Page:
conditions. Under iron deficiency, PSI levels are drastically reduced, and LHCI is remodelled
and becomes energetically uncoupled from PSI (Moseley, 2002a). In this thesis, the
1 remodelling of the LHCI-PSI complex occuring under iron deficiency was investigated in
detail with special focus on the mechanism of the uncoupling of LHCI from PSI.

With the advances in mass spectrometry (MS) techniques, proteomics have become an
important tool in the analysis of protein complexes. Two-dimensional gel electrophoresis (2-
DE) and one-dimensional gel electrophoresis (1-DE) have been applied throughout this study
to identify and quantify single Lhca obtained from purified complexes or thylakoid
preparations. As a method for protein quantification, stable isotope labelling was established
for use in Chlamydomonas and successfully applied in the determination of the Lhca-PSI
stoichiometry.
2 2. Background

2.1 Photosystem I is a light-driven plastocyanin or cytochrome c – ferredoxin 6
oxidoreductase

Light-dependent electron flow from H O to NADPH in the photosynthetic apparatus is carried 2
out by the concerted action of four multiprotein complexes of the thylakoid membrane; PSII,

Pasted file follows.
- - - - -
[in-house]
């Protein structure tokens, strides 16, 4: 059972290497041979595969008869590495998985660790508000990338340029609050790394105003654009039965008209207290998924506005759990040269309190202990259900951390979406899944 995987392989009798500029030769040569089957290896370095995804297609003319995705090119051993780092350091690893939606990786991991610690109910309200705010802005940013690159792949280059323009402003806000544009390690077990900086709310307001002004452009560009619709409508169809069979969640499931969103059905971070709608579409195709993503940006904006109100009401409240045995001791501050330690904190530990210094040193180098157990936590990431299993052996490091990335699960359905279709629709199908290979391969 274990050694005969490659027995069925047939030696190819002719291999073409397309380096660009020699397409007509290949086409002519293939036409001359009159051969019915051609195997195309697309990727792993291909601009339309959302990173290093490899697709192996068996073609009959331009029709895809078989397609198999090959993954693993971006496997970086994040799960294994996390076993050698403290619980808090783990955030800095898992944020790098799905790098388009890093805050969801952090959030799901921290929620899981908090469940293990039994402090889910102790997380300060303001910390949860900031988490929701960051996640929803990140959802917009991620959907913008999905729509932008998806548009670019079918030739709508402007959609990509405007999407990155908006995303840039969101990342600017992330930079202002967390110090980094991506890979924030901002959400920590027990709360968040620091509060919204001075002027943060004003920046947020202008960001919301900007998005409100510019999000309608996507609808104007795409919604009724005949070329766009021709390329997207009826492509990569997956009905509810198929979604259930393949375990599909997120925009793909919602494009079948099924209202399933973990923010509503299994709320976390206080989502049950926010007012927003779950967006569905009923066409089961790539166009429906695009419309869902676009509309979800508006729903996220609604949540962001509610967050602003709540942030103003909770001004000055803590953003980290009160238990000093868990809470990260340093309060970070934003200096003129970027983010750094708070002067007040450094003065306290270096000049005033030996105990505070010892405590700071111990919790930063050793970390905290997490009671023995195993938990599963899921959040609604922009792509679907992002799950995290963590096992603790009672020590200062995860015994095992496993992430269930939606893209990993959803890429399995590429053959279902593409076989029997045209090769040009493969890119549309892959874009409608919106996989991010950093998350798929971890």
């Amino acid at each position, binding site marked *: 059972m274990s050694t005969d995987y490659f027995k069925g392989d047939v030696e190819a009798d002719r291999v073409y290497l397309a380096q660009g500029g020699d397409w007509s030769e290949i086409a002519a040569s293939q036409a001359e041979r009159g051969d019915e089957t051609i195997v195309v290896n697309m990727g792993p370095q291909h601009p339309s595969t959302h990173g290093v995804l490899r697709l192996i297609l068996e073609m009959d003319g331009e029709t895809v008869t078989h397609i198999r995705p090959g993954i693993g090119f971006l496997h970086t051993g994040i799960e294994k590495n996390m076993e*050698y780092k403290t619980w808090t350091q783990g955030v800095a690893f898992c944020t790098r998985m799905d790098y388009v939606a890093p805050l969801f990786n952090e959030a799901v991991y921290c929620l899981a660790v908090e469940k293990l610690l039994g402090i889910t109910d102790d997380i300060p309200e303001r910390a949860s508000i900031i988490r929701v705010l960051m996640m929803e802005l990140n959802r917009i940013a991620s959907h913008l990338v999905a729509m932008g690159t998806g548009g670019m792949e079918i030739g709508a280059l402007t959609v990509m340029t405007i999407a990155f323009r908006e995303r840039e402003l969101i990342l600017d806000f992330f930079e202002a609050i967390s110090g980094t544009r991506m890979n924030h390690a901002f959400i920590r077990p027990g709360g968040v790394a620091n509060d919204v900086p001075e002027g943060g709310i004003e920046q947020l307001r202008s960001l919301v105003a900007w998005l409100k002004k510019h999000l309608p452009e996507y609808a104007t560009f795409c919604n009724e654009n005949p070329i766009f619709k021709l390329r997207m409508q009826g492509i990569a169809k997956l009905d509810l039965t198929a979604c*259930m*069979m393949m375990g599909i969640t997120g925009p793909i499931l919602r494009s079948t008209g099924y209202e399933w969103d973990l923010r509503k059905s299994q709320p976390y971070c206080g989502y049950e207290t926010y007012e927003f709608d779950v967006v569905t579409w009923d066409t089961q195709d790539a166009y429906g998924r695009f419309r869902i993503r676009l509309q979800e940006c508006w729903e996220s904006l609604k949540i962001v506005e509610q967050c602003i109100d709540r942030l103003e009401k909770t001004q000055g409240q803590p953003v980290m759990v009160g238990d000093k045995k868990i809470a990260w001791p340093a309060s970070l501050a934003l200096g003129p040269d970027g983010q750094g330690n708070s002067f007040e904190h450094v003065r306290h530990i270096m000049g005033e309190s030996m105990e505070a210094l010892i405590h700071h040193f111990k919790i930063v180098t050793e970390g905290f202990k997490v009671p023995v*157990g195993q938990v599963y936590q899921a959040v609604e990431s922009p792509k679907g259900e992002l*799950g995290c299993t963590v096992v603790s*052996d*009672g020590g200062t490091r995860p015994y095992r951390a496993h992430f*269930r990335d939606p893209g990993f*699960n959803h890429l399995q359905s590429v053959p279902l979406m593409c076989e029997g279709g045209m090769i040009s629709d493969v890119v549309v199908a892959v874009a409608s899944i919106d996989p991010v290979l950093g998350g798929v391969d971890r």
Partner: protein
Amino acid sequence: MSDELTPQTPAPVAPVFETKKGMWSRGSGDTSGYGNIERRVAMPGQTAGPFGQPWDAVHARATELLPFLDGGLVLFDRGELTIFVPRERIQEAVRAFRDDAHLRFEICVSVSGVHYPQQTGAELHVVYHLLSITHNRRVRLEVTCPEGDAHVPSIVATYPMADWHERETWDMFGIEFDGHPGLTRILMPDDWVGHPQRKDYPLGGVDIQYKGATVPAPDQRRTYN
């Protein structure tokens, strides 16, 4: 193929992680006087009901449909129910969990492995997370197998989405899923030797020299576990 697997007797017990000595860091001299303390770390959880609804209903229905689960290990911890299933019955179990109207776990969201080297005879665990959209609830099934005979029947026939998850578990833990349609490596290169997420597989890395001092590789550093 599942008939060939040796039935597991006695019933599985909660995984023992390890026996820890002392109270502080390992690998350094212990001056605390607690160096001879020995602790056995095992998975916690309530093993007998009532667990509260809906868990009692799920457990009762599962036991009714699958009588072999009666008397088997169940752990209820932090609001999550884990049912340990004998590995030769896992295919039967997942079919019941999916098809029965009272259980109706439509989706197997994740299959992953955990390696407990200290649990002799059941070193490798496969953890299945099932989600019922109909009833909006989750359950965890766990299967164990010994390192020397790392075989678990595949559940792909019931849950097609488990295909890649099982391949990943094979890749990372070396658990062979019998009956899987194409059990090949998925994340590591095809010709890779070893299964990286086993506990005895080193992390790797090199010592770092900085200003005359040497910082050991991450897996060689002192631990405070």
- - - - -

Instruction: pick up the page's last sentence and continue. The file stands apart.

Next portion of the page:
the cytochrome b f complex, PSI-LHCI and the adenosine triphosphate (ATP) synthase 6
(Dekker, 2005; Nelson, 2006). PSII initiates the process by the light-driven removal of
electrons from H O in the lumenal compartment of the thylakoids and transferring them to a 2
pool of mobile lipophilic electron carriers referred to as the plastoquinone pool. Plastoquinol
does not deliver electrons directly to PSI, but instead delivers them to the cytochrome b f 6
complex which transfers them to either of the soluble lumenal electron carriers plastocyanin
or cytochrome c which can donate electrons to PSI (Cramer, 2006). Plastocyanin serves as an 6
electron donor for land plants, algae and most photosynthetic prokaryotes. In contrast to land
plants (Weigel, 2003), green algae and cyanobacteria can also use cytochrome c as an 6
electron donor to PSI. Thus the cytochrome b f complex mediates electron flow between the 6
two photosystems and also plays a key role in processes such as state transitions and cyclic
electron flow that tune PSII and PSI activity to chloroplast requirements (Finazzi, 2004;
Rochaix, 2007).

In PSI, light energy absorbed by antenna pigments is used to drive transmembrane electron
transport from plastocyanin or cytochrome c in the lumen to ferredoxin on the stromal side of 6
the thylakoid membrane. Excitation energy from the antenna system proceeds to the electron